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Patterns of endemism in southeastern Pacific polychaetes Rivadeneira, M.M. (2005) Macroecologı´a evolutiva de bivalvos marinos de la costa Pacı´fica de Sudame´rica. PhD Thesis, Pontificia Universidad Cato´lica de Chile, Santiago. Romdal, T.S., Colwell, R.K. & Rahbek, C. (2005) The influence of band sum area, domain extent, and range sizes on the latitudinal Mid-Domain Effect. Ecology, 86, 235–244. Ron, S. (2000) Biogeographic area relationships of lowland Neotropical rainforest based on raw distributions of vertebrate groups. Biological Journal of the Linnean Society, 71, 379–402. Rosen, B.R. (1988) From fossils to earth history: applied historical biogeography. Analytical biogeography. An integrated approach to the study of animal and plant distributions (ed. by A.A. Myers and P.S. Giller), pp. 437–481. Chapman & Hall, London. Rosen, B.R. & Smith, A.B. (1988) Tectonics from fossils? Analysis of reef-coral and sea-urchin distributions from late Cretaceous to Recent, using a new method. Gondwana and Thethys (ed. by M.G. Audley-Charles and A. Hallam), pp. 275–301. Oxford University Press, Oxford. Rovito, S., Arroyo, M.T.K. & Pliscoff, P. (2004) Distributional modelling and Parsimony Analysis of Endemicity of Senecio in the Mediterranean-type climate area of Central Chile. Journal of Biogeography, 31, 1623–1636. Roy, K., Jablonski, D. & Valentine, J.W. (1996) Higher taxa in biodiversity studies: insights from Eastern Pacific marine mollusks. Philosophical Transactions of the Royal Society of London Series B, Biological Sciences, 351, 1605–1613. Rozbaczylo, N. (1985) Los ane´lidos poliquetos de Chile. Indice sinonı´mico y distribucio´n geogra´fica de especies. Pontificia Universidad Cato´lica de Chile, Serie Monografı´as Biolo´gicas, 3, 1–284. Santelices, B. & Meneses, I. (2000) A reassessment of the phytogeographic characterization of Temperate Pacific South America. Revista Chilena de Historia Natural, 73, 605–614. Shmida, A. & Wilson, M.V. (1985) Biological determinants of species diversity. Journal of Biogeography, 12, 1–20. Swofford, D.L. (2002) PAUP*: phylogenetic analysis using parsimony (and other methods), 4.0 beta. Sinauer Associates, Sunderland, MA. Thatje, S., Hillenbrand, C.D. & Larter, R. (2005) On the origin of Antarctic marine benthic community structure. Trends in Ecology and Evolution, 20, 530–540. Tribsch, A. & Scho¨nswetter, P. (2003) Patterns of endemism and comparative phylogeography confirm paleo-environmental evidence for Pleistocene refugia in the Eastern Alps. Taxon, 52, 477–497. Tsuchi, R. (2002) Neogene evolution of surface marine climate in the Pacific and notes on related events. Revista Mexicana de Ciencias Geolo´gicas, 19, 260–270. Usher, M.B. (1986) Wildlife conservation evaluation. Chapman & Hall, London.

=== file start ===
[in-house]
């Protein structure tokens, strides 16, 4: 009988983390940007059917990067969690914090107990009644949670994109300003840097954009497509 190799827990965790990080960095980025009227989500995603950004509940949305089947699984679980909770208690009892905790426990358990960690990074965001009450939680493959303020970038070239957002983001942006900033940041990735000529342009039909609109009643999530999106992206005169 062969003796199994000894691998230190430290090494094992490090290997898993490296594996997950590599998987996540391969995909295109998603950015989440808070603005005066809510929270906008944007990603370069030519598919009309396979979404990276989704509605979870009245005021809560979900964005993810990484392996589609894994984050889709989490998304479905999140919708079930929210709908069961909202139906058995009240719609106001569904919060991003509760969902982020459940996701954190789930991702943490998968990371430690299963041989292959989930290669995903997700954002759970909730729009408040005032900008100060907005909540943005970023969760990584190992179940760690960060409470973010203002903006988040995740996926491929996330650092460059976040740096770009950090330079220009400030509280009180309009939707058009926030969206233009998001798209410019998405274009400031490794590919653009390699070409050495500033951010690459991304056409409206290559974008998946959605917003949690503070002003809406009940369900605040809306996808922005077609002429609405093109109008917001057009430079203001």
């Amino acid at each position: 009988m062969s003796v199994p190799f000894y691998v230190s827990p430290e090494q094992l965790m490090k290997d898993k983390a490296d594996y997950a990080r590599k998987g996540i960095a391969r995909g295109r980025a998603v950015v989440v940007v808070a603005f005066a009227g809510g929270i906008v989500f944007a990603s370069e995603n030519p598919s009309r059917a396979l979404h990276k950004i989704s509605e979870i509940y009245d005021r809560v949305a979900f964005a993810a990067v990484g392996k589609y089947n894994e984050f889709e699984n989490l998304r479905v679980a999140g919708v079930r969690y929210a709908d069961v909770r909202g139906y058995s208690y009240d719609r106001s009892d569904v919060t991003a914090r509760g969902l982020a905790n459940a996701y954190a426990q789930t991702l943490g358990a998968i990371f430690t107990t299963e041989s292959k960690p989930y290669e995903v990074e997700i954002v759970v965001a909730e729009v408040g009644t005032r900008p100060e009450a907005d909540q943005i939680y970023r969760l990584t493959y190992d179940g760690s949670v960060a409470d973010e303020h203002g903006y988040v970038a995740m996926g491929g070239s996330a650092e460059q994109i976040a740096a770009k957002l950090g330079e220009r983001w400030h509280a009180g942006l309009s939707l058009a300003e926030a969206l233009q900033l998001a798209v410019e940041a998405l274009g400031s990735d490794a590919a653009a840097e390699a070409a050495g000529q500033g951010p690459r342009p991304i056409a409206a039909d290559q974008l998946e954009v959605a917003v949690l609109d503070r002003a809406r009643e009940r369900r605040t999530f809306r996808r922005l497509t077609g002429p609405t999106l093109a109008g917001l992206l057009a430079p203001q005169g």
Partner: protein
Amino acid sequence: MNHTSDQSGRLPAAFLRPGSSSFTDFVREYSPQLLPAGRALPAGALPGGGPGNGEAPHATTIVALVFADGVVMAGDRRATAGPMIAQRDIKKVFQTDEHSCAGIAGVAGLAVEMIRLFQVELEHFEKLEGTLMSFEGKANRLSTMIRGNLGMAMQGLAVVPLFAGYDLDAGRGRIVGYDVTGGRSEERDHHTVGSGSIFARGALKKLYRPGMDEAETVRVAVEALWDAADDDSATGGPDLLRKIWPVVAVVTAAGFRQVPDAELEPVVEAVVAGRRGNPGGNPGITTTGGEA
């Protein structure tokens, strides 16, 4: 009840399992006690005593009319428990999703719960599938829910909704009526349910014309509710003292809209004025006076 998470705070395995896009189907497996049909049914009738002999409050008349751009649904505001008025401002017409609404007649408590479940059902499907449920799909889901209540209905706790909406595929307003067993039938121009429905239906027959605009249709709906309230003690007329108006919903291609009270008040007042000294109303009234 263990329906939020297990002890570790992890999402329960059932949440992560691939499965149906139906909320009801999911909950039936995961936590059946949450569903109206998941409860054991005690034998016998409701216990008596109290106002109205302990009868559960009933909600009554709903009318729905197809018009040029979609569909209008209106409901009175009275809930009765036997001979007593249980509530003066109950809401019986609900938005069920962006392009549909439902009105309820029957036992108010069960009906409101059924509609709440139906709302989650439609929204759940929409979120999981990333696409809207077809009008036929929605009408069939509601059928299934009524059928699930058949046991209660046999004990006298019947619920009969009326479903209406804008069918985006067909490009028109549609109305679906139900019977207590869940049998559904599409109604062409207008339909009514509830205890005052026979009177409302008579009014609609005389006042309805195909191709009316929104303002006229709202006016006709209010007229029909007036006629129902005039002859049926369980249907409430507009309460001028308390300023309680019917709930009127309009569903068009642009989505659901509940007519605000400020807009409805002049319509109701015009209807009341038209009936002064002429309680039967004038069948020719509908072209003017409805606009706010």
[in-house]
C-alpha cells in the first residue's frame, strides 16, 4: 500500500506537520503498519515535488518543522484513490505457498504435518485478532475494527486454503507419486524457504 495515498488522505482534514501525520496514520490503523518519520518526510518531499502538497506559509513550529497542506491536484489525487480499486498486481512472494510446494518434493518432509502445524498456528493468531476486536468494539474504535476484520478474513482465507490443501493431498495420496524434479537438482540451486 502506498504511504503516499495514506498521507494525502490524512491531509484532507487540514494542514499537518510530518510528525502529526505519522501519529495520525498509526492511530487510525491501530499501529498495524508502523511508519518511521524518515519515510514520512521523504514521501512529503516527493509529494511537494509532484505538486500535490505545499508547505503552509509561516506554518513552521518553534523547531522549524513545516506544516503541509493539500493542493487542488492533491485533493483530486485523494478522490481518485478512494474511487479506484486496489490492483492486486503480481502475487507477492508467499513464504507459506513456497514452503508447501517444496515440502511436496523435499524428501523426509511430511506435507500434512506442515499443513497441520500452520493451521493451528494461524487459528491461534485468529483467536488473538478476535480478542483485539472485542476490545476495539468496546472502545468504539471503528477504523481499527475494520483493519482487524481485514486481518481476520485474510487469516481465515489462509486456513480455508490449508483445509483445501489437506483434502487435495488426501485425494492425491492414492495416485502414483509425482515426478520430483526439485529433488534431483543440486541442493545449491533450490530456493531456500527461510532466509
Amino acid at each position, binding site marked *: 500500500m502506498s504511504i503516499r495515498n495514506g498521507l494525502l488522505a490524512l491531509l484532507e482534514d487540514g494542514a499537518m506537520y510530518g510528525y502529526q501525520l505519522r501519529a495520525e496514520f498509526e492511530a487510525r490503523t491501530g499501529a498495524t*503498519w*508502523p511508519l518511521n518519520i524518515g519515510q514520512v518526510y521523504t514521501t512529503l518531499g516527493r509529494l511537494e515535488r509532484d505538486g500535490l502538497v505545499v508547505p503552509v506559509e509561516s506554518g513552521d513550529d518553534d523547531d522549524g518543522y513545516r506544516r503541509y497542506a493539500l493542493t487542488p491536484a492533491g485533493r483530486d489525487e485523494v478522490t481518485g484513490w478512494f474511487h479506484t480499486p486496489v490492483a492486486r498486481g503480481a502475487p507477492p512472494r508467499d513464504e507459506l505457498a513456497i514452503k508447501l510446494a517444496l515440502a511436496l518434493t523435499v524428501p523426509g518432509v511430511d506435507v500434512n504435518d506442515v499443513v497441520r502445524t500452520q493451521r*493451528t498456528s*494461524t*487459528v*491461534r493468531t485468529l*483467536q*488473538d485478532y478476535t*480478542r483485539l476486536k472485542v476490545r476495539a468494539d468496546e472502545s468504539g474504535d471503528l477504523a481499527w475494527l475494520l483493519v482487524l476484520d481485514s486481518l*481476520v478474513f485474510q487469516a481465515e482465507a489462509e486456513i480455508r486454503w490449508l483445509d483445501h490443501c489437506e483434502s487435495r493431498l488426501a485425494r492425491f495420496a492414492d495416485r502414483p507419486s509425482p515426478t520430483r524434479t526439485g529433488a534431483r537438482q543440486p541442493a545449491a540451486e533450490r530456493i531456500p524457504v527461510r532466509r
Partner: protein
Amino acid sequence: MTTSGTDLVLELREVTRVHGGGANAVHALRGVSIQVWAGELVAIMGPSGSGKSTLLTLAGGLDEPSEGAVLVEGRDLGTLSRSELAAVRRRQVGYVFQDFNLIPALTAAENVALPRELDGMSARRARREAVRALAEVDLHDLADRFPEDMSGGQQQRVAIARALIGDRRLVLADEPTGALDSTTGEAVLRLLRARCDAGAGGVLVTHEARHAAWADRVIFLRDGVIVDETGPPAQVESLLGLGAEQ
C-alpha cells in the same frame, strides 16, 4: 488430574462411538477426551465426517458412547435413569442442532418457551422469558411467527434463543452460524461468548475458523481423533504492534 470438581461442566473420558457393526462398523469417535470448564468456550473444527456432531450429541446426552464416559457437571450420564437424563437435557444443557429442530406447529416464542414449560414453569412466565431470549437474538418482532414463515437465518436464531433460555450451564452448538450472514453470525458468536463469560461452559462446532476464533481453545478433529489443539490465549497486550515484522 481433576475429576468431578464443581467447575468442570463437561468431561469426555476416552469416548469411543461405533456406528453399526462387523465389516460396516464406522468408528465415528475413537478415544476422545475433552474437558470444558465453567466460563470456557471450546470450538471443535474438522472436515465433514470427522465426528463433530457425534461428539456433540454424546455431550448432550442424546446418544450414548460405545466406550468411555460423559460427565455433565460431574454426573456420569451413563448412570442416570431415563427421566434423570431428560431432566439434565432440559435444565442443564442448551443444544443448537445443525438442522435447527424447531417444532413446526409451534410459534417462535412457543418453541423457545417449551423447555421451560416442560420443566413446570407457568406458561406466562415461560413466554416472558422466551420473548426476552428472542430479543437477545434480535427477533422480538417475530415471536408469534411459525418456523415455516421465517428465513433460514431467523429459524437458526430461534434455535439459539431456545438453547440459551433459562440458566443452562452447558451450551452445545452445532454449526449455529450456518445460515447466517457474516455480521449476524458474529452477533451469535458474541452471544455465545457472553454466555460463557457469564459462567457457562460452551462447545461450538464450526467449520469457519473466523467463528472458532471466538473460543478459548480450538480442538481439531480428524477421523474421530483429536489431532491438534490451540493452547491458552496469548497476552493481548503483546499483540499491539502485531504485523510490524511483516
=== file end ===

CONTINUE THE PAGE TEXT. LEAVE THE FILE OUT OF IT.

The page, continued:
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BIOSKETCHES Rodrigo A. Moreno is an associate researcher in the Departamento de Ecologı´a at the Pontificia Universidad Cato´lica de Chile and research scientist in the EU project CENSOR, supported by Alfred Weneger Institute for Polar and Marine Research (AWI), Bremerhaven, Germany. His research currently focuses on establishing latitudinal patterns of diversity in marine benthic polychaete species along the eastern Pacific coast, using a macroecological approach. He is also interested in the ecology and evolution of benthic marine assemblages on the southeastern Pacific coast, especially within the oxygen minimum zone and Magellanic Fjords. Cristia´n E. Herna´ndez is an assistant professor in the Zoology Department of the Universidad de Concepcio´n (Chile) and a post-doctoral researcher at the Center for Advanced Studies in Ecology & Biodiversity (CASEB) at the P. Universidad Cato´lica de Chile. His lines of research are within the framework of evolutionary ecology and macroecology, looking at the evolutive component of macroecological patterns. His research is based on the utilization of models of ecological and morphological trait evolution in a phylogenetic context. Marcelo M. Rivadeneira has a PhD in ecology from the Departamento de Ecologı´a, P. Universidad Cato´lica de Chile. He is interested in macroecology, macroevolution, biogeography, palaeoecology, and marine conservation. Marcela A. Vidal is a PhD candidate at the Departamento de Ciencias Ecolo´gicas, Facultad de Ciencias, Universidad de Chile. Her work focuses mainly on the historical biogeography of Chilean biota. Nicola´s Rozbaczylo is a professor at the Departamento de Ecologı´a, P. Universidad Cato´lica de Chile, in charge of the courses on invertebrate zoology and animal biology. His research interests focus on the taxonomy and ecology of marine polychaetes and benthic marine ecology.

Editor: John Lambshead

Journal of Biogeography 33, 750–759 ª 2006 The Authors. Journal compilation ª 2006 Blackwell Publishing Ltd

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Patterns of endemism in south-eastern Pacific benthic ...

endemism. Location South-eastern Pacific coast of Chile, ranging from Arica (18° S) to .... ative measures of the degree of endemism in different geographical ...